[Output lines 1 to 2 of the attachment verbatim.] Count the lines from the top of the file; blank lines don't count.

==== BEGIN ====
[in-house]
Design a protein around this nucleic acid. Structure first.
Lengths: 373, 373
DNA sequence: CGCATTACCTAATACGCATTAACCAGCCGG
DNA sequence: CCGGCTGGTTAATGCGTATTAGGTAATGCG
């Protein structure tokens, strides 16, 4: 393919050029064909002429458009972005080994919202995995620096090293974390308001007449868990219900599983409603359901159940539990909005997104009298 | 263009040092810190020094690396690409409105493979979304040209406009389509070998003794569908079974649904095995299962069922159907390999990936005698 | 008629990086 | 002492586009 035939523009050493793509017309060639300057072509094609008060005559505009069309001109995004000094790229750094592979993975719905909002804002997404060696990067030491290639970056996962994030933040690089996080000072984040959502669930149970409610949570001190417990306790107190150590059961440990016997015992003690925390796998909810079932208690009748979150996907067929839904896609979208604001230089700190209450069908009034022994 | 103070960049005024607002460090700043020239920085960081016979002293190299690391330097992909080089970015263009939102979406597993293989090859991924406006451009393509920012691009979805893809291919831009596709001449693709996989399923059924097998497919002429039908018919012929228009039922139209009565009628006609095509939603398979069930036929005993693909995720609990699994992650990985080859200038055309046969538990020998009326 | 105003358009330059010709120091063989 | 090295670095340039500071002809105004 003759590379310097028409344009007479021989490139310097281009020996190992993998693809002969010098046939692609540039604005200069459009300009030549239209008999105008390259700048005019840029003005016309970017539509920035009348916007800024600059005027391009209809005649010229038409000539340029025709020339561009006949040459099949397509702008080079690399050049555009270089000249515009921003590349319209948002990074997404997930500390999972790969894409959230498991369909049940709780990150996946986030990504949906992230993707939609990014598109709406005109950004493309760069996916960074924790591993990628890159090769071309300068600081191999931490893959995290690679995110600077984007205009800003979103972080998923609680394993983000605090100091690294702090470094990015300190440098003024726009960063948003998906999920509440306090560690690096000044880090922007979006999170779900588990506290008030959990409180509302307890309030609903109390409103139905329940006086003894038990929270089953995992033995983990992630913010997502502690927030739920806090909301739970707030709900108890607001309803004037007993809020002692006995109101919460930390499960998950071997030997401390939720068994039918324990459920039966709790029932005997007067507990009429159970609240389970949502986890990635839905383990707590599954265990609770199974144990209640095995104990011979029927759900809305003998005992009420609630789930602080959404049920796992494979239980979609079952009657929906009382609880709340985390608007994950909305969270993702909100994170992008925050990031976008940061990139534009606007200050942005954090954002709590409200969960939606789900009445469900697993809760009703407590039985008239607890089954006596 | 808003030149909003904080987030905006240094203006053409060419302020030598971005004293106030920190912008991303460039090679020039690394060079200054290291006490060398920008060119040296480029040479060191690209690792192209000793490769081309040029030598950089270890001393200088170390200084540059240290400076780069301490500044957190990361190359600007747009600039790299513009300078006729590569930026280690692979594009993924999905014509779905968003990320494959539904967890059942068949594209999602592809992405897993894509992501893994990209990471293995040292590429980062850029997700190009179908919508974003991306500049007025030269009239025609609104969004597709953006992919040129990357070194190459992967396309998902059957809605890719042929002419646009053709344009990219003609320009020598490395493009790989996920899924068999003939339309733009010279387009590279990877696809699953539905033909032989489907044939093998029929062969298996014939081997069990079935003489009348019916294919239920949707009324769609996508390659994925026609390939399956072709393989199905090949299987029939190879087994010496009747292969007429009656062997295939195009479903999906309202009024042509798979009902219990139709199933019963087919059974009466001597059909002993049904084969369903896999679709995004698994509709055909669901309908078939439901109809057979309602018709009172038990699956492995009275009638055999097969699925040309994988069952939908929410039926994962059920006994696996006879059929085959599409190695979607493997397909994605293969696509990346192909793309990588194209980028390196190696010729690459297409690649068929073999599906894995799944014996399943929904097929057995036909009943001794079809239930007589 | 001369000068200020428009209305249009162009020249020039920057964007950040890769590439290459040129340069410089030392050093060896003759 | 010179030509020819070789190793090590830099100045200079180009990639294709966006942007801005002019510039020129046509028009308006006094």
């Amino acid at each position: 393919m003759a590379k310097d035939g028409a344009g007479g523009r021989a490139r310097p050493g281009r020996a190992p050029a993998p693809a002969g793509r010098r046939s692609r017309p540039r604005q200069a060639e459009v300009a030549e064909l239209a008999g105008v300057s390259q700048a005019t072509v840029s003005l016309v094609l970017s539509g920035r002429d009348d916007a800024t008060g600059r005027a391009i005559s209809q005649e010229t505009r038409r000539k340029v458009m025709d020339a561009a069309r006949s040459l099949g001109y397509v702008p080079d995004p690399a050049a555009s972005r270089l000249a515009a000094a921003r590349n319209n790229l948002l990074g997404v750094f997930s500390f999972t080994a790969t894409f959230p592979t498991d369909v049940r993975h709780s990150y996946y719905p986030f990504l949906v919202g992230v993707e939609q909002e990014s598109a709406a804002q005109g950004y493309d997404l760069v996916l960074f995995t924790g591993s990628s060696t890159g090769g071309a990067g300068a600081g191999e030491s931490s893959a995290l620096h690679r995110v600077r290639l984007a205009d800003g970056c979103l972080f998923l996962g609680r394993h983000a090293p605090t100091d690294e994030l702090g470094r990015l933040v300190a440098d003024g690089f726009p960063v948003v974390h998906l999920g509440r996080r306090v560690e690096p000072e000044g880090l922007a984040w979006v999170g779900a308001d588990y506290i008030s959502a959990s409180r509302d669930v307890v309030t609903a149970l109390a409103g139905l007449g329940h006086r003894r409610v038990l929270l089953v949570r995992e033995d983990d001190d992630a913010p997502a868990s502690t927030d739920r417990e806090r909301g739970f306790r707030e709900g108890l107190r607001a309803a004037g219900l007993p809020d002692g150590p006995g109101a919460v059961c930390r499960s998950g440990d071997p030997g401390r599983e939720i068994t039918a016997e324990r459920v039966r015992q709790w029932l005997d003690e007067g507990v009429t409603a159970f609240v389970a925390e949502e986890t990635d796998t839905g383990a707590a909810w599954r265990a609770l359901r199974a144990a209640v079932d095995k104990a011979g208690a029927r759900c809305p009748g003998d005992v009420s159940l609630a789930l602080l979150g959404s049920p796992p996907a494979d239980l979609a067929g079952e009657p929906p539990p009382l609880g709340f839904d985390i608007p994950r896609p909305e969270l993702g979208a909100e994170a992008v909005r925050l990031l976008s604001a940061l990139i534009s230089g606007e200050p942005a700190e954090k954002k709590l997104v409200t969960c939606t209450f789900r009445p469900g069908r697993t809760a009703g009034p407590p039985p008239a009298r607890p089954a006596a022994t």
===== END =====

[in-house]
Design a protein around this nucleic acid. Structure first.